The scientific-rationalist, a modernist, believes that truth is found through methodological inquiry.
The social-traditionalist, also a modernist, believes that truth is carried through the heritage of Western civilization.
The neo-romantic, a retro-premodernist, believes that truth is found through harmony with nature and/or exploration of the inner self. (111)
Now of course there are different varieties of each. The social-traditional worldview includes forms of nationalism, revealed religion, and philosophically- and aesthetically-inclined atheisms. Neo-romantics include radical environmentalists, New Age proponents, and so-called "California Buddhists." Postmodern-ironist movements include constructivists (who are more philosophically-inclined and choose to live a particular folkway rather than reject all or mix-and-match), postmodern players (who don't take much interest in abstract ideas of postmodernism and whose irony is more attitude and lifestyle than philosophical position), and nihilists (who believe that since all possible worldviews cannot be simultaneously true, none of them can be) (111-112).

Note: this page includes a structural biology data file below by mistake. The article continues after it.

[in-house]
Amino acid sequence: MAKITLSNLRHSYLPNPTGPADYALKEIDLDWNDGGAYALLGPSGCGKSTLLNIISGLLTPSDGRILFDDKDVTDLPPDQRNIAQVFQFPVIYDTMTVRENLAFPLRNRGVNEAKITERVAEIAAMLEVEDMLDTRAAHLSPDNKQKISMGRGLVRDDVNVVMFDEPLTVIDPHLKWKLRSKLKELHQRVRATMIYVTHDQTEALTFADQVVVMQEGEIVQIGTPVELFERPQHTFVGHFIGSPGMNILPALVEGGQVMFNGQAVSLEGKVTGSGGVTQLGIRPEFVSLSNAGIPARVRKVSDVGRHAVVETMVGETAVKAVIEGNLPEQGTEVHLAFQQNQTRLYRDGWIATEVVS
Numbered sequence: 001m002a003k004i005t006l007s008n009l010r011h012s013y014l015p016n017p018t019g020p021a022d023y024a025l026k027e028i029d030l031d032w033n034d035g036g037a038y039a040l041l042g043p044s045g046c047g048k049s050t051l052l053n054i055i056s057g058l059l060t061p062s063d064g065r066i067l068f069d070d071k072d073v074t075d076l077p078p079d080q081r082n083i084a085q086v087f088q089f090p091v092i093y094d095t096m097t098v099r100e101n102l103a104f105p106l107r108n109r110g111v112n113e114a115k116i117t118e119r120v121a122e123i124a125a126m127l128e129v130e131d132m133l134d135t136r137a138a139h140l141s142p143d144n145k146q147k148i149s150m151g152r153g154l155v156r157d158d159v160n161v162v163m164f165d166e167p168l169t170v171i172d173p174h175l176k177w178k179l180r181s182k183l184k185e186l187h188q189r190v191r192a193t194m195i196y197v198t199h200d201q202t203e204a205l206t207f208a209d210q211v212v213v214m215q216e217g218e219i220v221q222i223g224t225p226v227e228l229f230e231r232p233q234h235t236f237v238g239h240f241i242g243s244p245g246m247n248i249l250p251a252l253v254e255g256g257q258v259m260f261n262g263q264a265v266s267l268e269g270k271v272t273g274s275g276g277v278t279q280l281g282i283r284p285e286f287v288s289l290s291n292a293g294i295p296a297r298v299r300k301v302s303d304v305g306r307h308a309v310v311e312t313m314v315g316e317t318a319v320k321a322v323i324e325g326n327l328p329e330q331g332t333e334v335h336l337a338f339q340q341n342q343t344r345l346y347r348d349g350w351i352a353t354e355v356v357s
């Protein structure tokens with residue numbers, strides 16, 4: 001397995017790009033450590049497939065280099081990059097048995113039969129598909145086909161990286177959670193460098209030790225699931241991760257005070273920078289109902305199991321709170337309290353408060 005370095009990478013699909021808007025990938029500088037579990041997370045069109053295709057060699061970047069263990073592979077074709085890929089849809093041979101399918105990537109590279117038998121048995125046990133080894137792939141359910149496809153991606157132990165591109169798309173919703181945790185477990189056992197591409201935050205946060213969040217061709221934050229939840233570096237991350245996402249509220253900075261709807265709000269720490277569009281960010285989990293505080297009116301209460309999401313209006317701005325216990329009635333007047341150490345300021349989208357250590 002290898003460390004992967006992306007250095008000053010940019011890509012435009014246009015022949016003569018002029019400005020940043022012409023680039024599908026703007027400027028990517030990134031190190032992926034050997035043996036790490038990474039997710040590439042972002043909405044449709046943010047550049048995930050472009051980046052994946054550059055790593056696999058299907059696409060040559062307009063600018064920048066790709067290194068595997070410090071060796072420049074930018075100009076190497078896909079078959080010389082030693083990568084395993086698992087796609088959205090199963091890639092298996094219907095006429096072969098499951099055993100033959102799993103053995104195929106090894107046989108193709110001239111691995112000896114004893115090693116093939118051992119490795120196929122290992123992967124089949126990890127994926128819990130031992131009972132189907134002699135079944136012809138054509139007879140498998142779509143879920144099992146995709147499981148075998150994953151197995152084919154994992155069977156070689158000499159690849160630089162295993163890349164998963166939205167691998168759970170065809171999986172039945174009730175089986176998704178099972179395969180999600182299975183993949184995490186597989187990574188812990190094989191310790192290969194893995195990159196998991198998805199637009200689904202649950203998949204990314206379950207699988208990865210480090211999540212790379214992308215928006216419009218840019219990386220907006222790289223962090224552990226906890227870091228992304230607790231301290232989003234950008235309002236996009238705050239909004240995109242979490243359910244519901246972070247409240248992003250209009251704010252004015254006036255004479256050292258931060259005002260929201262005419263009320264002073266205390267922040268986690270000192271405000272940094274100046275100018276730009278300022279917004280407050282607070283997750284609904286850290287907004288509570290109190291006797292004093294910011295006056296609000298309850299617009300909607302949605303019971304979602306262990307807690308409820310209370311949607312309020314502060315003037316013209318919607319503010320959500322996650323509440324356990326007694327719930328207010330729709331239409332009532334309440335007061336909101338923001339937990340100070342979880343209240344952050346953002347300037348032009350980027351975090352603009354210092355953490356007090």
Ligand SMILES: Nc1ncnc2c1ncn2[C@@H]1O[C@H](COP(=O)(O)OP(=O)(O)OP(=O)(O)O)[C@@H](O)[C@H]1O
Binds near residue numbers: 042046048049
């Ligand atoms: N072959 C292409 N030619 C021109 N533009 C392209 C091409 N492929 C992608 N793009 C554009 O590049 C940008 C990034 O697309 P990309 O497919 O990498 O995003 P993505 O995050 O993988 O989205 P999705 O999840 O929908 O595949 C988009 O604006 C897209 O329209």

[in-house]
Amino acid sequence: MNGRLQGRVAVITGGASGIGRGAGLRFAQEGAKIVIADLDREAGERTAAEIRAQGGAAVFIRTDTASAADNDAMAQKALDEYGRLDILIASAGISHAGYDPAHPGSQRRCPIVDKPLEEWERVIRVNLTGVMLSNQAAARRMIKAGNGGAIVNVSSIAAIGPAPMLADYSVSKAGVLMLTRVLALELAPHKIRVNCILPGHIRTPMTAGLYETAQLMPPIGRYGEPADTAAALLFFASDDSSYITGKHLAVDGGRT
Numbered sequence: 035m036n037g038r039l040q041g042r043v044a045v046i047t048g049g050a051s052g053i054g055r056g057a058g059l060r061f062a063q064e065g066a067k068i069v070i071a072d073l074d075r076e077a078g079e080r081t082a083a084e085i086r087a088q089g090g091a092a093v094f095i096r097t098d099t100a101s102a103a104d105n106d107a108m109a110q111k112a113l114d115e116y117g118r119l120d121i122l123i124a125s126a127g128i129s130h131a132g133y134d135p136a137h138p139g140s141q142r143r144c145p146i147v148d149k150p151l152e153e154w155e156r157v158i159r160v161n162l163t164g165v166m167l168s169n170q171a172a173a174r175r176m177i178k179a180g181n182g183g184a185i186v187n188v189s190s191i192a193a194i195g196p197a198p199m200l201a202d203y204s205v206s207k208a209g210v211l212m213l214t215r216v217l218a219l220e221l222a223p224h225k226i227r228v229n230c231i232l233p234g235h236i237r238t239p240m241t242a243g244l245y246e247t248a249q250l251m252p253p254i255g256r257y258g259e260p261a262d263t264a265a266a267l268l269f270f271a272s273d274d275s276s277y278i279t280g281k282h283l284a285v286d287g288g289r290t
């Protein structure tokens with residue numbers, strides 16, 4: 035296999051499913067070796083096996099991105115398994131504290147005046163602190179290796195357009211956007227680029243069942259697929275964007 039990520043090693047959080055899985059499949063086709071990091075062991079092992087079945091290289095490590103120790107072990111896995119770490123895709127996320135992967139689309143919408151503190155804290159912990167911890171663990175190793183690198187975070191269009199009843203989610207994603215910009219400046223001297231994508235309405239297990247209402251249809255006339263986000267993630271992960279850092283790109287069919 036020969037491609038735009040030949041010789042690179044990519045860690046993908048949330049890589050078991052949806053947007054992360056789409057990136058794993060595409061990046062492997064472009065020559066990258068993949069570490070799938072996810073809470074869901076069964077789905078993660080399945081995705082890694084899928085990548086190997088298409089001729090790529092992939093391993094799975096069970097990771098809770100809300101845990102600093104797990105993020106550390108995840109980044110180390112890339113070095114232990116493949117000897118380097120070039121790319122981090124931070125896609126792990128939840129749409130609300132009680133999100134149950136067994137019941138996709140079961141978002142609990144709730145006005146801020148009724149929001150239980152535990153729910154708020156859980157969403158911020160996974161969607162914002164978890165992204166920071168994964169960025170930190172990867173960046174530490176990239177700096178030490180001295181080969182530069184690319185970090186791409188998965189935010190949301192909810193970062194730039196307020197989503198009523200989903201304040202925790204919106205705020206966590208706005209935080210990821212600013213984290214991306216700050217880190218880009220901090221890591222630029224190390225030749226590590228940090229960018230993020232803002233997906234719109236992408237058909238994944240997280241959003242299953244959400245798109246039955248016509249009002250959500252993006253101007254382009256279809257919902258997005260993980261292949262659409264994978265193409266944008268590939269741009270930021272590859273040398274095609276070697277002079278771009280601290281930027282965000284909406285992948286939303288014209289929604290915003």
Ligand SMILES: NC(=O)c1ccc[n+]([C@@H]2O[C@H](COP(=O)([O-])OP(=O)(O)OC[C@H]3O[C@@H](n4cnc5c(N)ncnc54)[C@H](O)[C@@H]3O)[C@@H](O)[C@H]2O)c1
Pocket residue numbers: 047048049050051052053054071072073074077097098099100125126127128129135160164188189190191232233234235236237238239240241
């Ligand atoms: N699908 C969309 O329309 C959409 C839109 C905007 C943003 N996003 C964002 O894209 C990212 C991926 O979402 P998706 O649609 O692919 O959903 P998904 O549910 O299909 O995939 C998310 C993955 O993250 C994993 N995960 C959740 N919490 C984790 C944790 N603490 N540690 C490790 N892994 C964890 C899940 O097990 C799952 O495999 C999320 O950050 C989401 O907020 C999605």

My summary of Anderson's ideas and ideas from the many essays Anderson includes in the book, in a very simple form, is roughly as follows:
A modernist believes not only that there is an objective truth, but also that it is accessible to all people and you can, within reason, expect other people to access that objective truth the way you do. Different modernists locate this truth in different places--a religion's tradition, a religion's central administration, a sacred text, scientific inquiry, Western philosophy's tradition and method, a country's Constitution/Charter/Bill of Rights or legal code, an aesthetic work or movement, an economic system--but they all have a master story, what postmodernists call a metanarrative, about where the truth can be found and what that means for everybody else.